We've got that dingy light hitting my face from the one side, I got a cactus– (laughing) coming out of my back– – Yeah – I look kinda like a small miniaturized person– (laughing) Because you're standing and then also the, the vertical lines they're kind of just unintentional lines there as well So then talk about the better photo because it looks totally different (shutter clicking) – So looking at this we fixed our big mistakes in this image We got rid of that dingy color cast that was hitting Sean from the side, we shifted our perspective by coming low in a much more flattering angle for him, and then we also fixed those strong vertical lines coming through the image we, and it kinda of creates these converging lines with the other lines in the image that leads everything straight to him

And then last we got rid of that distracting cactus coming out of his head that was making the background kinda of distraction so that it's all focused right on him – And I love that 'cause you just hid the cactus behind me So by shifting your perspective as a photographer you didn't actually change anything in the environment So that's something people can do– – Yes, totally – By just thinking about moving and changing to get a better image and that looks great

It actually looks kinda like something that could be professional like you could use it on LinkedIn or like a business profile 'cause it's really well shot – Totally, and you know you can get this with just your phone If you have a DSLR that will uplevel it even more but little things like this can be used across whatever camera you have – I love that Well let's jump in to the next three tips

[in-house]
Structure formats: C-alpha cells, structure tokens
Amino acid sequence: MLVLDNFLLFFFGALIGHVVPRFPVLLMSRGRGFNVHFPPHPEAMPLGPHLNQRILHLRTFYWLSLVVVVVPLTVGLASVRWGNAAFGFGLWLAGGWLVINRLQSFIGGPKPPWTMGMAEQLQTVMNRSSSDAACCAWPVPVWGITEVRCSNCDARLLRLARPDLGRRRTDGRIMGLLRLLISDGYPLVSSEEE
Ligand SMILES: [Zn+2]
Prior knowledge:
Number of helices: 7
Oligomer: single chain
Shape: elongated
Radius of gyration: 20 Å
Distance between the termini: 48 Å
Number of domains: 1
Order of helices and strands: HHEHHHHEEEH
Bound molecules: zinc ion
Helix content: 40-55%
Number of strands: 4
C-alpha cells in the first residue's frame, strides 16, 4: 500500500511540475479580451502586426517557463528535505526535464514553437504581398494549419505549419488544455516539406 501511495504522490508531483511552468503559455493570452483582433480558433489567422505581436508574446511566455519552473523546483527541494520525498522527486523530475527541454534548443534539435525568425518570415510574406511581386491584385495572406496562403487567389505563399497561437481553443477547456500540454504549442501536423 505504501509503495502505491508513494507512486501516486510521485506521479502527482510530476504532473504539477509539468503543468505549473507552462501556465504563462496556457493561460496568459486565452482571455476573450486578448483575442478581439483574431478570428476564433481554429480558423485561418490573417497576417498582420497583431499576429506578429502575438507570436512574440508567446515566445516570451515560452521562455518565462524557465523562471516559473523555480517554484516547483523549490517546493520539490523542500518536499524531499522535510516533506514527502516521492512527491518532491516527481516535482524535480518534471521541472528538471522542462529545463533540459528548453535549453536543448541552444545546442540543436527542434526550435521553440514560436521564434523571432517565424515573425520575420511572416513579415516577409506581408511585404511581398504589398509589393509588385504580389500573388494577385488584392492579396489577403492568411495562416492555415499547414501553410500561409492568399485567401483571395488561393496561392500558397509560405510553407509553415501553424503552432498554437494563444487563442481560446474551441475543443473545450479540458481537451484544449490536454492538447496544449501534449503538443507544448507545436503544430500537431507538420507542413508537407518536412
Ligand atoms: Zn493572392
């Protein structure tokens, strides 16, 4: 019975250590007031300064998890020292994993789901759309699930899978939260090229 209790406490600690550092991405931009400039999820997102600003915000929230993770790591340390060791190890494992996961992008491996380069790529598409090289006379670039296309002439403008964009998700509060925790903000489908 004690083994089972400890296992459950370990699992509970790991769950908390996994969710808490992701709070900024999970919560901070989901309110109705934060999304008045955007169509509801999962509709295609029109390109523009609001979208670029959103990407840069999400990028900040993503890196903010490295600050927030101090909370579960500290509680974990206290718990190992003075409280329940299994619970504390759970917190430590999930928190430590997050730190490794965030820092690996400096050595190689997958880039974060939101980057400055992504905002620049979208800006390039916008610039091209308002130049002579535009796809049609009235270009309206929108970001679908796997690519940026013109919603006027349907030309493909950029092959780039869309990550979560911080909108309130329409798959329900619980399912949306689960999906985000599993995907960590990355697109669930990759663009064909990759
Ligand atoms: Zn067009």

– So this next mistake is using flash in your images and a lot of times unintentionally with the auto-flash So you wanna turn off the auto-flash on your phone or on your DSL camera if that's popping up – So what kind of context would we be doing this in the most though where flash would be hurting the photos? – So sometimes it's outdoors, that flash will pop up as like kind of a fill-flash, or indoors we're gonna be doing kind of a lay flat where we're photographing down on our image and this will be kinda stuff that you might use for your social media feed, it could be Thumbnails, usually like lifestyle content where you want to share a little bit more about your brand – Let's do it – Yes

So here's kind of a quick example of something we might put together really quickly for our feed So this is a, a book I'm reading 'cause I'm getting married and then also for my wedding photography audience this kind of relates And so I might throw some of these little things in here to kind of style it, kind of cute really quickly Kind of quick tip, adding greenery to your lay flat always livens it up a lot So if you add flowers or some sort of greenery that always helps me get a little bit more dynamic

Alright so I'll go ahead and take this photo So the flash is already on, usually the flash will be on auto We'll take that before– (shutter clicking) and let's turn this bad boy off (shutter clicking) and our after – Alright, let's check these out Okay, so this is the first photo, what do you see? – So this photo, you know, a lot of times people will use a flash to fill in shadows and it does that a little bit but really what it's doing is creating this really flashy look to the photo

It's a really small light source that is creating really a harsh look to our image and if we move to– (shutter clicking) this it's just much more flattering for our subject – That is, it's subtle but it, with just all that natural light it looks beautiful and also on that first photo there was the introduction of two different color temperatures– – Yes – Kinda like you talked about with dingy lighting So when you go to the other one we're using just that ambient lighting from kind of daylight– – Yes – Coming through the windows– – One light source